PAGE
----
• From a policy and political perspective. Florida has secured himself consultancy contracts and space in the building of a “fast urban policy” for creative cities worldwide: “so packaged, creativity strategies were in a sense pre-constituted for this fast policy market” (Peck, 2005, p. 767).
  • From a social perspective. Donald and Morrow (2003) highlight how many local policy makers, including Florida himself, tend to mistake tolerance – an open-minded approach towards diversity – with the simple presence of cultural diversity. Additionally, it is significant that Florida forgets to include in his indexes certain critical social factors (such as age, differences in income, racial segregation, etc.). Similarly, McCann (2007) underlines the strong links between the creative city-region approach and inequalities, which also for Florida (2004) remains an open question.

Although all of these criticisms are interrelated, the present article aims to consider the limits of this approach specifically from cultural policy perspective.

The limitation of this kind of policy intervention is that it is fundamentally based on developing assets for attraction and growth, from a top-down perspective. It forces the idea that for a city to be ‘creative’ there  needs to be specific local assets such as cultural amenities, café culture, cultural diversity, as well as a provision for high technology. It does not seem to explain how the creative class interacts with these types of assets, or what competitive advantages they actually create.

Many of these policy actions suggested by the ‘creative class’ theory are geared towards building an attractive façade that gives the creative class the impression of living in an appealing cosmopolitan and buzzing city, a “cool city strategy” (Kotkin, 2005).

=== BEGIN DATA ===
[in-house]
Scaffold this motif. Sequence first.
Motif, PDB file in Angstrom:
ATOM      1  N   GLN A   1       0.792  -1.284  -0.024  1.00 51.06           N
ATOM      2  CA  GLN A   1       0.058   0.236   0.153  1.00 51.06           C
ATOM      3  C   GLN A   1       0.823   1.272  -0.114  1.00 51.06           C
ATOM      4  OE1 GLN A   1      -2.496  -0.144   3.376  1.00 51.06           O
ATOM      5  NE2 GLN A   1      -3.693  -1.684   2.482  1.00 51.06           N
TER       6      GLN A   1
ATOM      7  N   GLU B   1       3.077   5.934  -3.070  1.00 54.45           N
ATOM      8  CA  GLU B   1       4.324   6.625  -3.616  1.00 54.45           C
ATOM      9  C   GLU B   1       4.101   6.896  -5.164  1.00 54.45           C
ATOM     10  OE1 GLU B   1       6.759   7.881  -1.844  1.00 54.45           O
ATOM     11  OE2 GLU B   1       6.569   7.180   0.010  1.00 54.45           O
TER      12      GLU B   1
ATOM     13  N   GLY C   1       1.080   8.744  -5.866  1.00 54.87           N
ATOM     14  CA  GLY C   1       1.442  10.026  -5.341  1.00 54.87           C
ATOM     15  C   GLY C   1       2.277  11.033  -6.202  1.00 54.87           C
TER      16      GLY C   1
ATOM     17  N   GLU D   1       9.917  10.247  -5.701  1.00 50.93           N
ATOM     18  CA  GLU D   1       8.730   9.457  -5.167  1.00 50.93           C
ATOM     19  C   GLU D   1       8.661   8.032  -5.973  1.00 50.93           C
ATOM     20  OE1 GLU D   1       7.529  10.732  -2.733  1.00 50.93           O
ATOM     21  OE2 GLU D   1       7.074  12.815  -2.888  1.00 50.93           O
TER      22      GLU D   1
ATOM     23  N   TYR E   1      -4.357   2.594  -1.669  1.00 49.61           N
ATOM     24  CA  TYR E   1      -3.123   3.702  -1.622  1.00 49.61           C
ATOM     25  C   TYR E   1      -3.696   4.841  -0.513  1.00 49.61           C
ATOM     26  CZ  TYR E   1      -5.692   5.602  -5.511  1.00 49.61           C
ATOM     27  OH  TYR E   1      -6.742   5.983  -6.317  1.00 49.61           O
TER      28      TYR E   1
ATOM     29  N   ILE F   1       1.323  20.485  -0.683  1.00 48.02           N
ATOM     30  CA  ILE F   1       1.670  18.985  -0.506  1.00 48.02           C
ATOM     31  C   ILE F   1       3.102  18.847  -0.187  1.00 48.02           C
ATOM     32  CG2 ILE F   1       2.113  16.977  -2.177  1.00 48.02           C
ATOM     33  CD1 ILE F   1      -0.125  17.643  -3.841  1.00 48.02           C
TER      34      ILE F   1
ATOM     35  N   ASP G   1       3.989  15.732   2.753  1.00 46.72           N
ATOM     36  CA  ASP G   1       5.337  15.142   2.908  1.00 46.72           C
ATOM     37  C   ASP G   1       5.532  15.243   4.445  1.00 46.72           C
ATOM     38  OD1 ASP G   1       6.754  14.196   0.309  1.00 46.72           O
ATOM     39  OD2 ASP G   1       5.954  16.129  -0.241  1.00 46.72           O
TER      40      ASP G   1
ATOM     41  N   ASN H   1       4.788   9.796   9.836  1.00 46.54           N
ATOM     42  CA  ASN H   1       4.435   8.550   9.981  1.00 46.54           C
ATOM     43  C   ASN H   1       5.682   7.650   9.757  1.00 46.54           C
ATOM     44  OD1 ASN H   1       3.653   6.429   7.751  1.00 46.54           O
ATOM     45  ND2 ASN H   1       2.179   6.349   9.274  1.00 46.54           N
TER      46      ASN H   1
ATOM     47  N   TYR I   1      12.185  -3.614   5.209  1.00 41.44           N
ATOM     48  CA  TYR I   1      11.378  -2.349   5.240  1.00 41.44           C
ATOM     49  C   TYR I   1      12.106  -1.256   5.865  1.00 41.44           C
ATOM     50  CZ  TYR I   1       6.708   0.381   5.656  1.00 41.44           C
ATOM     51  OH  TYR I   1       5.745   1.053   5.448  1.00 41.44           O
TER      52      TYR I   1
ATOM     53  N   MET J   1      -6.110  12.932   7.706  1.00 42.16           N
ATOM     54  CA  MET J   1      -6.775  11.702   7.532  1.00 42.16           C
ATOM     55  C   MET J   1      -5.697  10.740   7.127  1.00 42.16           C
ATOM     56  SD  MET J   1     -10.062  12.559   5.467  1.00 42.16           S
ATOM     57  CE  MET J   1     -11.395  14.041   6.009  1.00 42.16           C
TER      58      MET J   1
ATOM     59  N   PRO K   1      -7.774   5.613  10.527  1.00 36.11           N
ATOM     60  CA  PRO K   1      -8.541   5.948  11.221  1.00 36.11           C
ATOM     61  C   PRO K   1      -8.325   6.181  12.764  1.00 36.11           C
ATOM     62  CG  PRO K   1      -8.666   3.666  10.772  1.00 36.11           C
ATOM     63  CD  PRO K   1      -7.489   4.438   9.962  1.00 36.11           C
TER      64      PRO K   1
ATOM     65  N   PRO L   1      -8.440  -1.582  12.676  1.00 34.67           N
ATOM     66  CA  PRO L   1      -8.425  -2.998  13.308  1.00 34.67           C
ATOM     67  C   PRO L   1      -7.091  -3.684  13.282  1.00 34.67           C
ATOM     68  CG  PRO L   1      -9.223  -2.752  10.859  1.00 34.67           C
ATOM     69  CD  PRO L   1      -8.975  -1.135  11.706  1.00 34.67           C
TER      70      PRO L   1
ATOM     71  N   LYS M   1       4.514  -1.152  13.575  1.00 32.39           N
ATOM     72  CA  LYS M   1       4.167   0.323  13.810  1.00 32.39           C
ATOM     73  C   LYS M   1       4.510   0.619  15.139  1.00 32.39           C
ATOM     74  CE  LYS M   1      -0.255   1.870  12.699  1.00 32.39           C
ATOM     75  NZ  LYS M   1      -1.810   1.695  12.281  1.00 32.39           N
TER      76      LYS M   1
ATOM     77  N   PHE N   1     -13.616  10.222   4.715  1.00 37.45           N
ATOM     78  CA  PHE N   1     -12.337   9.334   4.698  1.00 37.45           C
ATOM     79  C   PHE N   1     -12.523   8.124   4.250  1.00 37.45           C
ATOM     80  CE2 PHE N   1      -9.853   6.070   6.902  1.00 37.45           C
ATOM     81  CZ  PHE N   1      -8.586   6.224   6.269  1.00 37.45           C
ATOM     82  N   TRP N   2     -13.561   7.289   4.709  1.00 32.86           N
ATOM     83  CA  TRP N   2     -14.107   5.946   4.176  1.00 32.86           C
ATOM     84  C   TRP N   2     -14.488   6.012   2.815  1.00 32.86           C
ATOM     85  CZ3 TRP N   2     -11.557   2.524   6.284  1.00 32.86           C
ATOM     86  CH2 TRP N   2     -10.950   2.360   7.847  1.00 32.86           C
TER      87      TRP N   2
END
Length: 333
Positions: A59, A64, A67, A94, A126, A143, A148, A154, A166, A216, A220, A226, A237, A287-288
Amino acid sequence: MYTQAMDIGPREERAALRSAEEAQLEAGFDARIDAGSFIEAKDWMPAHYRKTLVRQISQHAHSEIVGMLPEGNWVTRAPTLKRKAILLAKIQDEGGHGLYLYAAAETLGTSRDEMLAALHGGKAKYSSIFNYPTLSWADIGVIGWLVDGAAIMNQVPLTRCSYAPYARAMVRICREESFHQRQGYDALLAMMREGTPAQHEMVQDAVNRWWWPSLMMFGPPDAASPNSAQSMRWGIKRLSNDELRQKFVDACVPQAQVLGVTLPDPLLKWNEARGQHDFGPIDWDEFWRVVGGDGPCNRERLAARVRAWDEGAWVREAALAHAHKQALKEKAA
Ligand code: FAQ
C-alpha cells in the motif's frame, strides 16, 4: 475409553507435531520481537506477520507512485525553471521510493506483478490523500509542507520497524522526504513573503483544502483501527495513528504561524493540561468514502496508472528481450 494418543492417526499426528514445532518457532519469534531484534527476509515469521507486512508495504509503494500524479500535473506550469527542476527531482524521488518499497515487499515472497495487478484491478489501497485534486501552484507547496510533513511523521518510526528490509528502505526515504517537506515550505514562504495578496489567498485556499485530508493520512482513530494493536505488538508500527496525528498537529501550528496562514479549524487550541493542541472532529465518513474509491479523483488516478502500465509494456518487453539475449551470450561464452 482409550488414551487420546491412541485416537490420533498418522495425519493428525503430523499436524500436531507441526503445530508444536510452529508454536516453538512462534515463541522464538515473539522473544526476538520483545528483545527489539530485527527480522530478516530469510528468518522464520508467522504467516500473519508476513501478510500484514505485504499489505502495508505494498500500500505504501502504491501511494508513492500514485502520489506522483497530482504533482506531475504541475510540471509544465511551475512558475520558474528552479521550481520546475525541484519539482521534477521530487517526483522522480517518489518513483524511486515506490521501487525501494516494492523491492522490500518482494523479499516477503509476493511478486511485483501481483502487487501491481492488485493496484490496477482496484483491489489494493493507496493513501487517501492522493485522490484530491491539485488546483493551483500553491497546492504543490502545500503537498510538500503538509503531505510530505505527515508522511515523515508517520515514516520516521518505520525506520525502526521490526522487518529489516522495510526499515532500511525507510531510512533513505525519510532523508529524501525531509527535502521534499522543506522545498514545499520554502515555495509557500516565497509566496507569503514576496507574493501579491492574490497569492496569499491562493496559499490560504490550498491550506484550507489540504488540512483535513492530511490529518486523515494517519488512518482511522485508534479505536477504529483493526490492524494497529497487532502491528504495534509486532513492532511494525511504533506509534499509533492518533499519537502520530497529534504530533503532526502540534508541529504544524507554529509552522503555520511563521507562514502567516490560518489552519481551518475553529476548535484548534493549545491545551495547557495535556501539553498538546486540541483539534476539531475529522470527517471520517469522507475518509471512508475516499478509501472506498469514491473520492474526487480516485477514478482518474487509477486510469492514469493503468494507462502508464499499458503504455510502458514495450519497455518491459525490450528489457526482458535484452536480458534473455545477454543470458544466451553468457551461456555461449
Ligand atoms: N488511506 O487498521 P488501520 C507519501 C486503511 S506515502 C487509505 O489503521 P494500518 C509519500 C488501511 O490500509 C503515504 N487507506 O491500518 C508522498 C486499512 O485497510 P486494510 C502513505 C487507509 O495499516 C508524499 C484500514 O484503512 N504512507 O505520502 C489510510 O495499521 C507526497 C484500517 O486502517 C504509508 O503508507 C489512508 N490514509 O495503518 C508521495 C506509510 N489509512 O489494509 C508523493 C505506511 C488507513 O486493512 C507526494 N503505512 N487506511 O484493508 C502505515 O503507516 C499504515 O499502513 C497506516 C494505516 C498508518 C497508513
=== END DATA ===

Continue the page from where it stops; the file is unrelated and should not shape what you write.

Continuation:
Nevertheless, this façade remains there for mainly aesthetic reasons: it is hard to prove that the high-skilled knowledge workers of the new media sector are going to be the ones particularly interested in visiting an art gallery or taking part in an ethnic festival.

“What is not being argued here is that there is an intrinsic value in ‘culture’ that attracts the ‘creatives’” (Pratt, 2008, p.108). On the contrary, it seems that the creative class profiled by Florida simply merges together professions which have very different approaches to life and culture (Markusen, 2006b).

Many of Florida’s (Florida, 2002a) indexes are based on the presence of specific assets (‘hard’ factors) and infrastructures –  as well as specific type of professions (bohemians): for his ‘cultural index’ and ‘coolness factor’ the cultural infrastructure, such as museums and galleries –  is considered a proxy as well as the presence of nightlife and clubs.  The CT, which will be introduced in the next paragraph, suggests that while these assets can play a role, the key to understand the development of creative cities is not in the assets but in the interactions and relations developed between the community and these assets and between different elements of this infrastructure. It is argued that a complexity  perspective – which takes in consideration the importance of networks and non-linear interactions – needs to acquire a new, central role in the argument of the creative city.


1.2 Contradictions and limits of the creative city policy

The concept of creative city has a variety of connotations and is linked to a variety of perspectives on the role of cultural consumption and production in the city. However, it can be argued that the policy succes of the ‘creative class’ theory and the oversimplification it implies has created a strong contradiction between the ‘creative city’ as a global discourse and its possible articulation in local urban development. Furthermore, the paper argues, it has enforced globally a top-down homologated approach to local cultural development.  As with many fuzzy concepts (Markusen, 2003) and global branding exercises (Jensen, 2005; Kearns and Philo, 1993), it can be seen as another globalised brand which has been accepted and adopted without critical debate or intervention. In particular, Europe has been very receptive to the concept (Florida and Tinagli, 2004), although previous research adopting a more embedded approach to the creative city (Bianchini and Landry, 1995; Landry, 2000) did not enjoy the same success.

Some of the limits emerging in urban policy discourses can be understood in light of the following contradictions and policies dilemmas: